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Yartsa Goenbub collection legalised in Lunana
Harvest of Yartsa Goenbub

Villagers of the remote geog of Lunana, Gasa dzongkhag, will be allowed to harvest Yartsa Goenbub (Cordyceps Sinensis) a highly valued medicinal plant that grows in the northern fringes of the country. Lunana is 4600 metres above sea level. Yartsa Goenbub grows in meadows of sub-alpine to alpine regions.

The collection of Yartsa Goenbub is prohibited under the kingdom's forestry act but the restriction was lifted for the people of Lunana following a royal command. However, people in the other Cordyceps growing areas in the country are still prohibited from collecting the plant.

Yartsa Goenbub, literally meaning plant in summer, insect in winter is a rare fungal species widely used in clinical medicine, as a household remedy, and as an overall tonic. It is used largely by the Chinese and in Bhutan by the institute for traditional medicine (NITM) in making traditional medicines. Internet sources says that it is currently very popular due to its use as an aphrodisiac (sex stimulant) and tonic.

Lunana geog are eligible to harvest the Cordyceps

His Majesty commanded the agriculture ministry to look into the possibilities of legalising the harvesting of the medicinal plant in Lunana to serve as an additional source of income for the Lunaps. The agriculture minister said that harvesting will be done in a sustainable manner and collection will be stopped if sustainable harvesting is not feasible. The Lunana Chimi, Gyem Tshering, said the lifting of restrictions is a boon to the Lunaps.

The geog will form Tshogpas (committees) to collectively monitor the collection and growing areas, price, presence of outsiders, and equality for all the Lunaps.

Lunana is 4600 metres above sea level

A protocol is being developed between the Gasa dzongkhag and the agriculture ministry on the harvesting, transporting, marketing, and training on sustainable harvesting of the Cordyceps in the geog. Among other things, the draft protocol says that only the bonafide residents of Lunana geog are eligible to harvest the Cordyceps.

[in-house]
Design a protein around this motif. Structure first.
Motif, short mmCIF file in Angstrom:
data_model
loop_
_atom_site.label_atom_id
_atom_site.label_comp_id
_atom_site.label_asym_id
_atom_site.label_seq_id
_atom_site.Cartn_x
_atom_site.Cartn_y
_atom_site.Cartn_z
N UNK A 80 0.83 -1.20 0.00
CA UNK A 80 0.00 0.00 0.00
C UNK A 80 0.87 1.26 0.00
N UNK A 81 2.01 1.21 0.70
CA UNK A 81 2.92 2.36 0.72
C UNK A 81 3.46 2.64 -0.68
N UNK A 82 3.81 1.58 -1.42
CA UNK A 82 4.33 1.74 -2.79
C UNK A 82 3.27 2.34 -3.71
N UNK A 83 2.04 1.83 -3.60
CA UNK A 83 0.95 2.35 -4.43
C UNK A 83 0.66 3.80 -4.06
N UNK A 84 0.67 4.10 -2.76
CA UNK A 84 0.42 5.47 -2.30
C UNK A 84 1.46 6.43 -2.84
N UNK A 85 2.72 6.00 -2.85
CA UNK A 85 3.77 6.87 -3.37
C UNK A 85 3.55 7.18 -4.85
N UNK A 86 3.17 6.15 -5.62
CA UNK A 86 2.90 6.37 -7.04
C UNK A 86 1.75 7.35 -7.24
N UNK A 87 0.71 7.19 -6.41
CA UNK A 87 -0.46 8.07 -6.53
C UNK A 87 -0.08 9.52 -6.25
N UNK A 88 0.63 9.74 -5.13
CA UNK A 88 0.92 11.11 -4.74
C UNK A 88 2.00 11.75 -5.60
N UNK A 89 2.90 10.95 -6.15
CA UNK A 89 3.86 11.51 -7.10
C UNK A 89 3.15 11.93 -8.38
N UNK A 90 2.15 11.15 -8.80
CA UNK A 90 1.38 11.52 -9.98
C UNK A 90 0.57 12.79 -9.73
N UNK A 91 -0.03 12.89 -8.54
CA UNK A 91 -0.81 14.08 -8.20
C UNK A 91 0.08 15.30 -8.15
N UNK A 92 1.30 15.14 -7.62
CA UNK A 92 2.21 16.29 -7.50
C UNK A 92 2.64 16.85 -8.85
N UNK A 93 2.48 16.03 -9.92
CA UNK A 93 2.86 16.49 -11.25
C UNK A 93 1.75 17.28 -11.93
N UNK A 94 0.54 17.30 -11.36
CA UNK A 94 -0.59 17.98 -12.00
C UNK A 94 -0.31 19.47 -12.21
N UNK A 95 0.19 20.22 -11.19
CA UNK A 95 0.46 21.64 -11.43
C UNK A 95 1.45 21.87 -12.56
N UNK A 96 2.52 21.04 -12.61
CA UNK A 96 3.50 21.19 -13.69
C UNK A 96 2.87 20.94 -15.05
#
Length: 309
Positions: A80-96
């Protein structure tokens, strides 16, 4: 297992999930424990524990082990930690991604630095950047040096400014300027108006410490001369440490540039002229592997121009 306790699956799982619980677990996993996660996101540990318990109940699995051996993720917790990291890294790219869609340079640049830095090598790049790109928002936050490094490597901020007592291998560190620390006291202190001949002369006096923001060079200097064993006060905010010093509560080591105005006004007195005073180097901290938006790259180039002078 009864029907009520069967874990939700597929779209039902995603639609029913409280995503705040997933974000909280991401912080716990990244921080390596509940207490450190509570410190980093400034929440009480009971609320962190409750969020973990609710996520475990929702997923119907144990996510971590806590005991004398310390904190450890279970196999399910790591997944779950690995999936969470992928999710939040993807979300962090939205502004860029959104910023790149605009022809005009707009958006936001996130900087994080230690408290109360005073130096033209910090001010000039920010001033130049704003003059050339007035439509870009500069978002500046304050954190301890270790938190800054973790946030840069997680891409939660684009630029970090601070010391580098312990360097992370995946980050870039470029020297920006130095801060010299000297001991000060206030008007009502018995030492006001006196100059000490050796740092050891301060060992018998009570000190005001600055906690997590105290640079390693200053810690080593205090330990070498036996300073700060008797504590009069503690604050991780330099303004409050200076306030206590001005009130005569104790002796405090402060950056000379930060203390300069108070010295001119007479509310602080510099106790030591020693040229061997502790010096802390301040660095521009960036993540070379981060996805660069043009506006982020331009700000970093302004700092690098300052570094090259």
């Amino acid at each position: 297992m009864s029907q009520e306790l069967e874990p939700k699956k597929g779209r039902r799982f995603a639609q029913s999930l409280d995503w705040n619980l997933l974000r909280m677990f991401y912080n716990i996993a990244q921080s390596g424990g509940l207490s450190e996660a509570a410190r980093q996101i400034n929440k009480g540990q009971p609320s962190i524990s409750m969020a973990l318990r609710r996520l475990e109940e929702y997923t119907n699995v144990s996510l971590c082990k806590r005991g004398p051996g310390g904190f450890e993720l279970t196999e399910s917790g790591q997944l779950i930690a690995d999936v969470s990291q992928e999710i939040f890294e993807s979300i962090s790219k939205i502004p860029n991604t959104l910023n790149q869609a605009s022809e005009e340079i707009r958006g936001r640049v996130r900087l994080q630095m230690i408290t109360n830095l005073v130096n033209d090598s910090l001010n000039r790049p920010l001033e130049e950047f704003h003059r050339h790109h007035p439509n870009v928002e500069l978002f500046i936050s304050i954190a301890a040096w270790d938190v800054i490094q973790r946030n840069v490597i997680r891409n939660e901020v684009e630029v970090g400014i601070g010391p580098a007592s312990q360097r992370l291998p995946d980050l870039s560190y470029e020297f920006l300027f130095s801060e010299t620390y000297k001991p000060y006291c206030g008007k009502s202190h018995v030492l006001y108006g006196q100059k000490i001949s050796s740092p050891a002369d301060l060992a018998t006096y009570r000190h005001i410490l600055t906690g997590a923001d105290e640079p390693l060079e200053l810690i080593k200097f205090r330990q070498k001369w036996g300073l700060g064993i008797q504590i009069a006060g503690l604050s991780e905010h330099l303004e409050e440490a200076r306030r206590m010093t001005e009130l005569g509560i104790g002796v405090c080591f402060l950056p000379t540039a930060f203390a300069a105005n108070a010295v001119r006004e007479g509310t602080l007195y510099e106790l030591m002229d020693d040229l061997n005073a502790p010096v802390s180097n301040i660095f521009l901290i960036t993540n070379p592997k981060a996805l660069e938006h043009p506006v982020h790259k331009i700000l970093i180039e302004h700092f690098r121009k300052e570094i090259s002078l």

The geog Tshogpas will be responsible for monitoring the presence of collectors from other geogs and from across the northern border.

The protocol also says that at least two of every five Cordyceps should be left undisturbed as seed plants for regeneration.

The Lunaps will sell their collection to the national institute of traditional medicine (NITM), which has been identified as the authorised buyer.

Cordyceps Sinensis
The Gasa dzongda, Chencho Tshering, who has done a research on the Cordyceps in Lunana geog said that legalising its collection would encourage the Lunaps to participate in sustainable harvesting and protection of the rare resource. He said that policing illegal collection of the plant was impossible given the difficult terrain and weather. Bhutanese and outsiders alike from across the border in the north have been illegally collecting Yartsa Goenbub despite the ban.

Poachers from across the border in Tibet enter Bhutan to collect the Cordyceps in Soe, Lingshi, and Laya areas. The villagers however did not feel the responsibility to alert the authorities, since they were not the stakeholders, he added.

Chencho Tshering said that a public meeting with the Lunaps discussed about identifying Cordyceps growing areas, avoiding third party interference, fixation of collection time, and sharing the common resources amongst the Lunaps in an equitable manner.

Cordyceps Sinensis is commonly found in the upper valleys of Phutey covering Thanza, Tenchey and Tshodzong valleys. They grow in alternate years with peak seasons lasting from end of May to July. Each stroma (one plant) weighs about 0.3 to 0.5 grams. Although the sale of Yartsa Goenbub was prohibited in Bhutan, a kilogramme of Yartsa Goenbub is believed to fetch more than Nu 30,000 when sold across the border.

According to the forest and nature conservation rule 2000, illegal collection of Cordyceps can result in a fine of up to Nu 50,000 or three years imprisonment or both.

This article was contributed by Kuensel, Bhutan's national newspaper 2005

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